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Prime Minster Says Thank You for Helping the Presidency

“Slovenia’s Presidency of the European Union has been a success thanks to the synergy of all services and people who took part in this project,” said Prime Minister Janez Janša at two ceremonies held on Friday to mark the end of the Slovene Presidency of the EU Council. At the Kranj barracks, he took the opportunity, together with Defence Minister Karl Erjavec and Slovene Army Chief-of-staff Albin Gutman, to express his thanks to members of the Slovene Army; in Brdo pri Kranju, he addressed a number of civil servants to compliment them on their contribution in the last six months to ensure the smooth course of the presidency.


(Photo: Srdjan Živulovič/Bobo)


According to the Prime Minister, the Slovenian Army played a vital role in the presidency, offering its support in terms of logistics, content and security. The 423 specially trained soldiers did their work in Slovenia very well, he said. But apart from logistics, the contribution of the Slovene Defence Ministry and the Slovene Army was seen in other areas as well: “You have also done a good job in providing information when it came to one of the key priorities of the Slovene Presidency – stabilising the Western Balkans,” pointed out Mr Janša.


(Photo: Srdjan Živulovič/Bobo)


“Slovenia has shown Europe and the rest of the world that it is not only good at organising events, but it is also a hospitable and safe country,” said the Prime Minister. In his view, the Slovene Presidency was the most important project in terms of logistics, security and scope that the country has carried out since gaining its independence.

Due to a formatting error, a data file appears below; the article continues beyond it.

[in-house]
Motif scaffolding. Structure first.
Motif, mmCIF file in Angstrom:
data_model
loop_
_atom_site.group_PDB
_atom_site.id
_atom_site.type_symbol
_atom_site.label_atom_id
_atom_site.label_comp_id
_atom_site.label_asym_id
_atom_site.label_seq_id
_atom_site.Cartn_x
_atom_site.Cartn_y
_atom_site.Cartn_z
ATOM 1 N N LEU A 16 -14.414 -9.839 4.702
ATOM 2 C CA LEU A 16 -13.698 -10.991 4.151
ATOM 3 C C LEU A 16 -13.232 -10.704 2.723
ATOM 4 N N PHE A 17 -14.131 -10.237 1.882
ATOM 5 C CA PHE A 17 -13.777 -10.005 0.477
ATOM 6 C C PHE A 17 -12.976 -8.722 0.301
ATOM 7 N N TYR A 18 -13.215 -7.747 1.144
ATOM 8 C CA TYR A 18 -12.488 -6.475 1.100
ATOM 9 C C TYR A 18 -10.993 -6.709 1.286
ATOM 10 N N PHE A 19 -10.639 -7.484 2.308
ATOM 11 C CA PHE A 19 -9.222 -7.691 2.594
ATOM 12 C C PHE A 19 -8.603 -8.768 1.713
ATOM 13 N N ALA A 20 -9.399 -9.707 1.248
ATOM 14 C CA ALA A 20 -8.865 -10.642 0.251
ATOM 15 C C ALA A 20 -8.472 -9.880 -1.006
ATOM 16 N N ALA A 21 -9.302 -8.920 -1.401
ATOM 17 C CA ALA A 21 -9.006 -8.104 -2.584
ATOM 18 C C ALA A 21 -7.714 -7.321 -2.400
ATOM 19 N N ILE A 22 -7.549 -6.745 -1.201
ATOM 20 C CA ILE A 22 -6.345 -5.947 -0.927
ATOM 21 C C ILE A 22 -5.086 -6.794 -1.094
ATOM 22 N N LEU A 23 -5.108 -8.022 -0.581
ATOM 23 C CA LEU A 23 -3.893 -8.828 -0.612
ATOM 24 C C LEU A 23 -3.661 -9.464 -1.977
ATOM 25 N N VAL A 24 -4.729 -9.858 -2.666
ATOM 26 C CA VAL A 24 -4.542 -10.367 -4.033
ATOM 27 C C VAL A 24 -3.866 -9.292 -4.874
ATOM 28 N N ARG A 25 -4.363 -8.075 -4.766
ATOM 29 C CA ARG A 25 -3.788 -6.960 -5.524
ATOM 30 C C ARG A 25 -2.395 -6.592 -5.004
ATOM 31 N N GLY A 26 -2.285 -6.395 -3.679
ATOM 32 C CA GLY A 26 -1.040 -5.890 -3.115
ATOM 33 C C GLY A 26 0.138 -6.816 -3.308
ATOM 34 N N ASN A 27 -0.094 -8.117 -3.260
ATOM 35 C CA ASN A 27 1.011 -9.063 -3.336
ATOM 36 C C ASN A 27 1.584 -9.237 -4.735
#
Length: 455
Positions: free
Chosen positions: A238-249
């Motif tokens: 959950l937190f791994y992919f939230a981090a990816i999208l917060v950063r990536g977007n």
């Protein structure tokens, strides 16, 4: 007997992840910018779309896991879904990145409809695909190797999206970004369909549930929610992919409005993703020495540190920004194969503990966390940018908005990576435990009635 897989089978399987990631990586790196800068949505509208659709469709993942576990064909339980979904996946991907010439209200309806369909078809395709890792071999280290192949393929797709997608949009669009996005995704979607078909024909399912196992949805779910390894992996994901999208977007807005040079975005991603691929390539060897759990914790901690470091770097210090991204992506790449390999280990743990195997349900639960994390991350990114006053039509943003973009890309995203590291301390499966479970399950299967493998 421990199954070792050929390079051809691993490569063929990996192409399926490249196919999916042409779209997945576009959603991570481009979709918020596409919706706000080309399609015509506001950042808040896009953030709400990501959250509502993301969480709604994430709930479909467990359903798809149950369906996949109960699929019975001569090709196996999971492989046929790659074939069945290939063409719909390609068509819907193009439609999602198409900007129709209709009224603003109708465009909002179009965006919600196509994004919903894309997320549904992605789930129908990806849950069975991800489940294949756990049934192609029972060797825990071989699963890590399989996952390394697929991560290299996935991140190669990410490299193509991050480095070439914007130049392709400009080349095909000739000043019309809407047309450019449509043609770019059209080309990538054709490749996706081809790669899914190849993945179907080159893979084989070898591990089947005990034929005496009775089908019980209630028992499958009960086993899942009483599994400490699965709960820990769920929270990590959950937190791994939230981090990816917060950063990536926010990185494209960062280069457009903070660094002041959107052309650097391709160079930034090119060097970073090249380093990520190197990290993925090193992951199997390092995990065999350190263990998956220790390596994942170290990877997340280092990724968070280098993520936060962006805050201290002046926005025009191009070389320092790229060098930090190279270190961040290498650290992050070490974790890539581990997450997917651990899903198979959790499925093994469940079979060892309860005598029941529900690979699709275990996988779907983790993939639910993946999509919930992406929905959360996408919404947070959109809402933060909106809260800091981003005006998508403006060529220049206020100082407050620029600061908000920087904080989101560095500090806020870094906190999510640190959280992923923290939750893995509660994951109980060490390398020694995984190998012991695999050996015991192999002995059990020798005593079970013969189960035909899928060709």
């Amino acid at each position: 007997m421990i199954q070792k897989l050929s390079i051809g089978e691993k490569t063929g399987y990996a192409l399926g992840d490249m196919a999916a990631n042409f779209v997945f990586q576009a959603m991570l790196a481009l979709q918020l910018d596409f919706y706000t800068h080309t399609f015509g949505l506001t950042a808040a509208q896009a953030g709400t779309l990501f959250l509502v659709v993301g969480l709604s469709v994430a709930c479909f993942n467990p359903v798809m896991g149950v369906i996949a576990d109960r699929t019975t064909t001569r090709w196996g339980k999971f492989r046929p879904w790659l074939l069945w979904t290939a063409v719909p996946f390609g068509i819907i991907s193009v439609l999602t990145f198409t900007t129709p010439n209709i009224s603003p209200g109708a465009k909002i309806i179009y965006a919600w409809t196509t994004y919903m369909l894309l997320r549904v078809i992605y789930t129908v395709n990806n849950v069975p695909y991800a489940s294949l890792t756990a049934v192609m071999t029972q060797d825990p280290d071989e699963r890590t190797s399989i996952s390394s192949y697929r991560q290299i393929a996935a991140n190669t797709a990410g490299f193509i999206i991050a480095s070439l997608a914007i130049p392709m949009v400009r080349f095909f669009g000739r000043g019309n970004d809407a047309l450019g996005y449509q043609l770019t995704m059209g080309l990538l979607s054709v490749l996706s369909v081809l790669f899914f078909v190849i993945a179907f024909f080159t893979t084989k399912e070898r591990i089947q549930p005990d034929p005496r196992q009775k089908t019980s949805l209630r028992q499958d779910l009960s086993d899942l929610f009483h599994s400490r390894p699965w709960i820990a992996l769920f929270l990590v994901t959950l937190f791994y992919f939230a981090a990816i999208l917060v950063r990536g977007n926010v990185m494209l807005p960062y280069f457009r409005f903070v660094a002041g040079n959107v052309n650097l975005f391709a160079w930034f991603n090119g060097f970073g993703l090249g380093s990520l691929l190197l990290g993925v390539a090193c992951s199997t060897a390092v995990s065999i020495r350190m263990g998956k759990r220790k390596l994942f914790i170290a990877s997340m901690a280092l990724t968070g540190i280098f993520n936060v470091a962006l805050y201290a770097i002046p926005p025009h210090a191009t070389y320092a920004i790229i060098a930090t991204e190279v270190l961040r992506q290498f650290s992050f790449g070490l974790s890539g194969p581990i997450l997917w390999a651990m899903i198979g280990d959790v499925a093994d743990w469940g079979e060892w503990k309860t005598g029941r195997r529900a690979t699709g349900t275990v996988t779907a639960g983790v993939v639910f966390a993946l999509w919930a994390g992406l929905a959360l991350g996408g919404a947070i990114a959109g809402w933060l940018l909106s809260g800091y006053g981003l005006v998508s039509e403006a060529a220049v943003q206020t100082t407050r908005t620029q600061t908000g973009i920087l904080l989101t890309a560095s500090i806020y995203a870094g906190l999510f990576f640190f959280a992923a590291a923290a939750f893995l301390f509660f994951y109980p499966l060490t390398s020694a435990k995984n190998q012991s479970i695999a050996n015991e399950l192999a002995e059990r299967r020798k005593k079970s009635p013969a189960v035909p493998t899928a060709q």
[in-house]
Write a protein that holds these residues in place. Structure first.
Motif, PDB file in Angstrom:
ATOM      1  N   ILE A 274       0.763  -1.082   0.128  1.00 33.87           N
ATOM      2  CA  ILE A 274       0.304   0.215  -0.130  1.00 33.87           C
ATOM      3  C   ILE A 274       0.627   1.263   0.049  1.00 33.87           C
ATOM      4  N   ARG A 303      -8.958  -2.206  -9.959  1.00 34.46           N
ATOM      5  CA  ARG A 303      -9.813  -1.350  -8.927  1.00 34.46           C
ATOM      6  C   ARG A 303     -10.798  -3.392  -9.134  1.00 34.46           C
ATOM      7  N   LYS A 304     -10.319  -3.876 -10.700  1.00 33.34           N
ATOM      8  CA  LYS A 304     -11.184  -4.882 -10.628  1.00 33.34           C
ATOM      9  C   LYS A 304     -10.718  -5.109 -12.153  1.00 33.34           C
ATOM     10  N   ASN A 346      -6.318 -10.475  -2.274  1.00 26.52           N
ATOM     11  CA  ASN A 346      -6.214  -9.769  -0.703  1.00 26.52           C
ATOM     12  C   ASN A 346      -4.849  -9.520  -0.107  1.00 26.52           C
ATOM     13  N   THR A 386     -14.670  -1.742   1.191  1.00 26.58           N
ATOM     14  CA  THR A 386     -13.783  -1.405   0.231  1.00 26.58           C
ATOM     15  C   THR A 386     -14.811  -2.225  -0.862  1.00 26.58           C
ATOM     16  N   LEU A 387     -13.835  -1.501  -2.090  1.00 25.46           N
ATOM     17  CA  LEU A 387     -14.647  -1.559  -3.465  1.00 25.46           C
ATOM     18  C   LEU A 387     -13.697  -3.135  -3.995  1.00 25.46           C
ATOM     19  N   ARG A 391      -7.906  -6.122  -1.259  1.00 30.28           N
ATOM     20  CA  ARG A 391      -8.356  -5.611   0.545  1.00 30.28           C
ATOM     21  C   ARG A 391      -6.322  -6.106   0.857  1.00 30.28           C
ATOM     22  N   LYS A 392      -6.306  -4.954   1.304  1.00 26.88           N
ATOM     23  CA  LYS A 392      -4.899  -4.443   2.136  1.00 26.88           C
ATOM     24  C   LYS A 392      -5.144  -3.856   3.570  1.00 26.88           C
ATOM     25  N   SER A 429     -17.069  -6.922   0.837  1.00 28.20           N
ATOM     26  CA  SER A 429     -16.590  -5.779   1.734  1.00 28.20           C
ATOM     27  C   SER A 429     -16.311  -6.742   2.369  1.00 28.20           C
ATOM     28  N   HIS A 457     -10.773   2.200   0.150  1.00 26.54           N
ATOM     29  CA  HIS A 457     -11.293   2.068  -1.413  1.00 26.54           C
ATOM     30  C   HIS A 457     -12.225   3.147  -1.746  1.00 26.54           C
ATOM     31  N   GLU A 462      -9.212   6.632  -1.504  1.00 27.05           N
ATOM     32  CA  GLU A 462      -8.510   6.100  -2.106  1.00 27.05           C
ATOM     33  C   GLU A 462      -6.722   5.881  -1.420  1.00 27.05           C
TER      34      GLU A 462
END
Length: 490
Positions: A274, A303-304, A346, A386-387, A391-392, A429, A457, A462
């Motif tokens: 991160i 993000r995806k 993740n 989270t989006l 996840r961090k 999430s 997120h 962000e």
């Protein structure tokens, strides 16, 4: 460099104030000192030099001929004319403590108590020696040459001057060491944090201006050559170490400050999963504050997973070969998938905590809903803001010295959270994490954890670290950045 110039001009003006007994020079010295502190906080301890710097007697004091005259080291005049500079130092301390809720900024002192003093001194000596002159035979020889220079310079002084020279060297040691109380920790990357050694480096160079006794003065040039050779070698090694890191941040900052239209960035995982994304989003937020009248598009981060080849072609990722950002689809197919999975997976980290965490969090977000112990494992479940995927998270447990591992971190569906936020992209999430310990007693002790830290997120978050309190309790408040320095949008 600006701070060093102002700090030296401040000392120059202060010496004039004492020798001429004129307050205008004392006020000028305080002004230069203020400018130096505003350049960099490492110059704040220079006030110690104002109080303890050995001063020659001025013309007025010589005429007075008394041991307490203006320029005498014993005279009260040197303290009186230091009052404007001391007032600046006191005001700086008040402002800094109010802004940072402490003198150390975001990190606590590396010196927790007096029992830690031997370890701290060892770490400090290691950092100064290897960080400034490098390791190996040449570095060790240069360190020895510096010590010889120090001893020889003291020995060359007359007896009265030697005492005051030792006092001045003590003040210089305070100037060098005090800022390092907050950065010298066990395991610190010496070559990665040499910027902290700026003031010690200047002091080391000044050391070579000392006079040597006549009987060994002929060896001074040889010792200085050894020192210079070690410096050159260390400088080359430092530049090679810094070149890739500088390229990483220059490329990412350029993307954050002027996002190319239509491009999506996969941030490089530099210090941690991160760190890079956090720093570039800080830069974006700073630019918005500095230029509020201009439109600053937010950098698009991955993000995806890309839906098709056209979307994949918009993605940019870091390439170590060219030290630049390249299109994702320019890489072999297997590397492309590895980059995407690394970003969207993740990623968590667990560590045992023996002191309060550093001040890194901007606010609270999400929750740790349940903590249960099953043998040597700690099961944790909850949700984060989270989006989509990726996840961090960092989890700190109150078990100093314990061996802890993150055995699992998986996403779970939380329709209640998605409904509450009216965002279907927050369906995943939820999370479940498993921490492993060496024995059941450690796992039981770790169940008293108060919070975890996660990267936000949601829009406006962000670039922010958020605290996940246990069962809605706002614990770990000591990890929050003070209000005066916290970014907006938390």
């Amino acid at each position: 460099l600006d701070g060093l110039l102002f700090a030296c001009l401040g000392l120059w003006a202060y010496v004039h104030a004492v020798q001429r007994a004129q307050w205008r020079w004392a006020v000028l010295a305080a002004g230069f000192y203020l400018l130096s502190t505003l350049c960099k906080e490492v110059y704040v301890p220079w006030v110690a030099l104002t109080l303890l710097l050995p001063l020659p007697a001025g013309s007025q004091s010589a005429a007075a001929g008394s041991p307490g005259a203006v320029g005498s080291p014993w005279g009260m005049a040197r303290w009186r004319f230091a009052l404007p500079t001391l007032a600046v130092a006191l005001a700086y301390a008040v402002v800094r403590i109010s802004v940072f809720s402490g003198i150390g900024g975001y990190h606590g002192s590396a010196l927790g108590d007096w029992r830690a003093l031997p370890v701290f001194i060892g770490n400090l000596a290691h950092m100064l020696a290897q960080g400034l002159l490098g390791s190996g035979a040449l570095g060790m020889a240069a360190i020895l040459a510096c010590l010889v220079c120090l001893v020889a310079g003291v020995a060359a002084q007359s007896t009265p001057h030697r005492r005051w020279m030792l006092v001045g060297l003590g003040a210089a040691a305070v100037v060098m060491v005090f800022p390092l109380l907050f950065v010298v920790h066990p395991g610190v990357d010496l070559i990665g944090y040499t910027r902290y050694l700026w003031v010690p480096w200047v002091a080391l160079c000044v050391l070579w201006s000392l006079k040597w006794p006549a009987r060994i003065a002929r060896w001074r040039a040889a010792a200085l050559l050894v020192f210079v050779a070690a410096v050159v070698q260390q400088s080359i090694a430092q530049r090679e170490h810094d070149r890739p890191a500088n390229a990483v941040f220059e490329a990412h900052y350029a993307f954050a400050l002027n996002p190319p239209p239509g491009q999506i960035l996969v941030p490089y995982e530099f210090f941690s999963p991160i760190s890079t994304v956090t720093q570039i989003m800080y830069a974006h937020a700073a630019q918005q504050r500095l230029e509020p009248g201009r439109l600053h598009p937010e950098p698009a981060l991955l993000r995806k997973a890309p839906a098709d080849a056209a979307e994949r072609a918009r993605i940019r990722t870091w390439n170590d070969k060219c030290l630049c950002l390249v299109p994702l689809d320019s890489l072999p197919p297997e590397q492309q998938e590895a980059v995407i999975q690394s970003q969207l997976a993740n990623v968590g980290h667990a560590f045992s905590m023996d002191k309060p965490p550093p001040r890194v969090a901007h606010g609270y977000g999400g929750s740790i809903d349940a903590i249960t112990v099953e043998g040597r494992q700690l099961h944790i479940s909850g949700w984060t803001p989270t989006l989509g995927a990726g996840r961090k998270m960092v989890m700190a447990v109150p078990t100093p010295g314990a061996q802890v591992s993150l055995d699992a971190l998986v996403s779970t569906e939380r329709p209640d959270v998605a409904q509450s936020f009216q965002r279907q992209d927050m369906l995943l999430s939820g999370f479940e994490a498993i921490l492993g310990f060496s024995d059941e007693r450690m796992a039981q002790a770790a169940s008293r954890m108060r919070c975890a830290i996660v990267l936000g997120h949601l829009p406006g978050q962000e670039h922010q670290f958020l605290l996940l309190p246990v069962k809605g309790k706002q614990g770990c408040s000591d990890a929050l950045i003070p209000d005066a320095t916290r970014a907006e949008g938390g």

(Photo: Srdjan Živulovič/Bobo)


In the afternoon at Brdo pri Kranju, Mr Janša thanked civil servants for their contribution to the Slovene Presidency, saying that without them, numbering more than 1,000 altogether, this project could not have been a success from the point of view of both substance and organisation. According to the Prime Minister, civil servants also helped reduce the costs of the presidency, adding that Slovenia would probably be the first Member State at the head of the EU not to spend more than what was originally planned. The country should therefore stay within EUR 62.3 million, which is one of the lowest amounts of money spent by a Member State for its presidency.

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